By Ray Pride Pride@moviecitynews.com

“Something has been lost in our collective rush to talk about the document and the identity of the young woman behind it, rather than the forces that drove her to create it. The story of the ‘Shitty Media Men’ list has been cast as a narrative about one radical act carried out by one radical young woman. In reality, it’s a story about broken systems and structures ― ones that have failed the most vulnerable among us so frequently that individuals feel they have no choice but to take matters into their own hands.”

“Something has been lost in our collective rush to talk about the document and the identity of the young woman behind it, rather than the forces that drove her to create it. The story of the ‘Shitty Media Men’ list has been cast as a narrative about one radical act carried out by one radical young woman. In reality, it’s a story about broken systems and structures ― ones that have failed the most vulnerable among us so frequently that individuals feel they have no choice but to take matters into their own hands.”

“The essay is, to my mind, eloquent, beautifully written, even moving at times, but baffling. I read it waiting for the moment when she took responsibility for what she did, or apologized to the innocent people she concedes may have been slandered. But it never came. It’s worth recalling here exactly what she and others did. They created an online forum in which anonymous people could make accusations about men whose careers and reputations would potentially be destroyed as a consequence.”
1990s New Republic Editor Andrew Sullivan Isn’t Having It

 

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“Ten years ago at Telluride, I said on a panel that theatrical distribution was dying. It seemed obvious to me. I was surprised how many in the audience violently objected: ‘People will always want to go to the movies!’ That’s true, but it’s also true that theatrical cinema as we once knew it has died. Theatrical cinema is now Event Cinema, just as theatrical plays and musical performances are Events. No one just goes to a movie. It’s a planned occasion. Four types of Event Cinema remain.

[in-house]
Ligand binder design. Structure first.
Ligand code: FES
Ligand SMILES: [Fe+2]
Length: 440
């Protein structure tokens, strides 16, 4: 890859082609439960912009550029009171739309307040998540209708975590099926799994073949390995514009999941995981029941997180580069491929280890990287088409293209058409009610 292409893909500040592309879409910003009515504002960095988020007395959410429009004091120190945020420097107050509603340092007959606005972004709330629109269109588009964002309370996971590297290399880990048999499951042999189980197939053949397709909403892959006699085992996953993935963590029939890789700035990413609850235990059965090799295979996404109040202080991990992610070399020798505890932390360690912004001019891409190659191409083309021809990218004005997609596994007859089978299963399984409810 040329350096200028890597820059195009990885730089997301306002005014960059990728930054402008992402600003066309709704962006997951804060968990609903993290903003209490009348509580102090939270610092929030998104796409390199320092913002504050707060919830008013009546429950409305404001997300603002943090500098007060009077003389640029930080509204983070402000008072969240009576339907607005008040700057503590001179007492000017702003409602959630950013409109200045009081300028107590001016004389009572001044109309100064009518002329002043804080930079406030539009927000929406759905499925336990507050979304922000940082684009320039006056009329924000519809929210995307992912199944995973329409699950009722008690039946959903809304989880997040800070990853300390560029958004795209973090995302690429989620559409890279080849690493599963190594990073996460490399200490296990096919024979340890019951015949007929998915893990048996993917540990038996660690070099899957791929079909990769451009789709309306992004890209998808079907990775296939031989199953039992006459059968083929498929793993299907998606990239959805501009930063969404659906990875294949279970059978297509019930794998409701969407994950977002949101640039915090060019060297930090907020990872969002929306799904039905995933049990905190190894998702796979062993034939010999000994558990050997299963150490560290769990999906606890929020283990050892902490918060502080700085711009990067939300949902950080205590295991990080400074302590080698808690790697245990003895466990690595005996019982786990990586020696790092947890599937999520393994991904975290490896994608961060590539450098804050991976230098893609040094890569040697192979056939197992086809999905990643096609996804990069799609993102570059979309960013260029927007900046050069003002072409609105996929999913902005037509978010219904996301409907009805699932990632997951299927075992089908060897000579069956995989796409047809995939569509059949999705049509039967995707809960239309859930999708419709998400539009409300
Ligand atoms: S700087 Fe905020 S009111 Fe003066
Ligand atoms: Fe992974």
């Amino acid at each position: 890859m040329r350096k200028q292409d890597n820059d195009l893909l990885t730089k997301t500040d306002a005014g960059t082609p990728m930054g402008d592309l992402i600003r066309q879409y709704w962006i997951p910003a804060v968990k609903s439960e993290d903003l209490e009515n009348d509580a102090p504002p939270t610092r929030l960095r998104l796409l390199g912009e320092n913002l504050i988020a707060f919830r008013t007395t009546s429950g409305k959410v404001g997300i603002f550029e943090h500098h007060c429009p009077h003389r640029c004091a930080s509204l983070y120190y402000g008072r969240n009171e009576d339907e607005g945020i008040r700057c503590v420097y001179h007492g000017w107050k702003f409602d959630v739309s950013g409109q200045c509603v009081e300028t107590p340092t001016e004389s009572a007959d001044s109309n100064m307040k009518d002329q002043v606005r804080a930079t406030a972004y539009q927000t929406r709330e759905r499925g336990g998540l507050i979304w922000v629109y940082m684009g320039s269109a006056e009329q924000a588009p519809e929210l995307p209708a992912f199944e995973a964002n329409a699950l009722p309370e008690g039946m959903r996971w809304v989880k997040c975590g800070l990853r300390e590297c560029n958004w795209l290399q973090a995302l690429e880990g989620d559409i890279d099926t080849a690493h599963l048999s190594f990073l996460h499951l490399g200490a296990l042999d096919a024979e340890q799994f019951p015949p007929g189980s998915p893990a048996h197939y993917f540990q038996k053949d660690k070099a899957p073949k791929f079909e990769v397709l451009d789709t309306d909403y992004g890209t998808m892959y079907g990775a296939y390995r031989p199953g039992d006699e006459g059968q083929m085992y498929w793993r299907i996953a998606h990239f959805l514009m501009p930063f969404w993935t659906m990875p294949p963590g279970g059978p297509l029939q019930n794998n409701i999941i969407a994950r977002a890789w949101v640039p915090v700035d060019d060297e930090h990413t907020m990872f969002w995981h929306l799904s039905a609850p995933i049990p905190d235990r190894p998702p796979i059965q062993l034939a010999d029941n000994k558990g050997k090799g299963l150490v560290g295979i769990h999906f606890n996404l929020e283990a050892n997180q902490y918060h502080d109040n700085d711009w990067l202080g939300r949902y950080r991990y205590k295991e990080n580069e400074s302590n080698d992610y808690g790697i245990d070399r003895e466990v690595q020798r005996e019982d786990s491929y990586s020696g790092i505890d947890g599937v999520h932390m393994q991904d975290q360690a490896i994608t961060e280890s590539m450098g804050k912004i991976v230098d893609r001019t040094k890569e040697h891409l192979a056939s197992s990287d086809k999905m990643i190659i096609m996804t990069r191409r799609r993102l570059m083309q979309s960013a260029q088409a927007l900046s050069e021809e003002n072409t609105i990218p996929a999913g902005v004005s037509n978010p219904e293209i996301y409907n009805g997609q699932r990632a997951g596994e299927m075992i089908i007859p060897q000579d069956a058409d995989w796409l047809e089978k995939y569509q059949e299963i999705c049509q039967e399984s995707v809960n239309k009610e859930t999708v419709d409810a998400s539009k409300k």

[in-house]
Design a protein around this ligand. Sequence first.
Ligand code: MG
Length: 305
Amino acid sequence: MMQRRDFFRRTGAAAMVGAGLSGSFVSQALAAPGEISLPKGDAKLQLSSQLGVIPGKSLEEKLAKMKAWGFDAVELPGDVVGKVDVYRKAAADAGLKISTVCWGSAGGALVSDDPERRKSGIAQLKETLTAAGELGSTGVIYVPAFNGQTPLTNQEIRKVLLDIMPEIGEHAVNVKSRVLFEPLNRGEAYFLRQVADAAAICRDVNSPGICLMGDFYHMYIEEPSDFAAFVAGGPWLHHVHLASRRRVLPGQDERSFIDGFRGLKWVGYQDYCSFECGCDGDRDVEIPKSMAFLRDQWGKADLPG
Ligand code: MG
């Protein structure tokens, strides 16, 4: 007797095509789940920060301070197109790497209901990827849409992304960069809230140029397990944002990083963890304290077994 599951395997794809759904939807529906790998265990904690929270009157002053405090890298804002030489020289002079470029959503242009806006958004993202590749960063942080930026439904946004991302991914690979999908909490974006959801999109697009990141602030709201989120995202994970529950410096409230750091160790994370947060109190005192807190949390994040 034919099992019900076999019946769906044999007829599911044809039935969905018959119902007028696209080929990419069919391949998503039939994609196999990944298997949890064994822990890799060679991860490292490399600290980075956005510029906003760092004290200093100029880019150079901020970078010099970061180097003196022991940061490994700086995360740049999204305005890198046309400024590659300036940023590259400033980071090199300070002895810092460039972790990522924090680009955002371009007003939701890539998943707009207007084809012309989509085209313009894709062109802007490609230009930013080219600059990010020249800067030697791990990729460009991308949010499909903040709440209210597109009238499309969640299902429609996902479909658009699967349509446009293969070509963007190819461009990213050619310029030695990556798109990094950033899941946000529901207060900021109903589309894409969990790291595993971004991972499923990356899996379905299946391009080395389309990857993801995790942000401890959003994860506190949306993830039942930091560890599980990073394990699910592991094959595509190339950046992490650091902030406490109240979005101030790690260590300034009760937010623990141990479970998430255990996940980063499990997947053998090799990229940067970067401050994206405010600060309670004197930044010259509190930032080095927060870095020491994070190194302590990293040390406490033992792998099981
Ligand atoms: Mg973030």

1. Spectacle (IMAX-style blockbusters)
2. Family (cartoon like features)
3. Horror (teen-driven), and
4. Film Club (formerly arthouse but now anything serious).

There are isolated pockets like black cinema, romcom, girl’s-night-out, seniors, teen gross-outs, but it’s primarily those four. Everything else is TV. Now I have to go back to episode five of ‘Looming Tower.'”
~ Paul Schrader

“Because of my relative candor on Twitter regarding why I quit my day job, my DMs have overflowed with similar stories from colleagues around the globe. These peeks behind the curtains of film festivals, venues, distributors and funding bodies weren’t pretty. Certain dismal patterns recurred (and resonated): Boards who don’t engage with or even understand their organization’s artistic mission and are insensitive to the diverse neighborhood in which their organization’s venue is located; incompetent founders and/or presidents who create only obstacles, never solutions; unduly empowered, Trumpian bean counters who chip away at the taste and experiences that make organizations’ cultural offerings special; expensive PR teams that don’t bring to the table a bare-minimum familiarity with the rich subcultural art form they’re half-heartedly peddling as “product”; nonprofit arts organizations for whom art now ranks as a distant-second goal behind profit.”
~ Eric Allen Hatch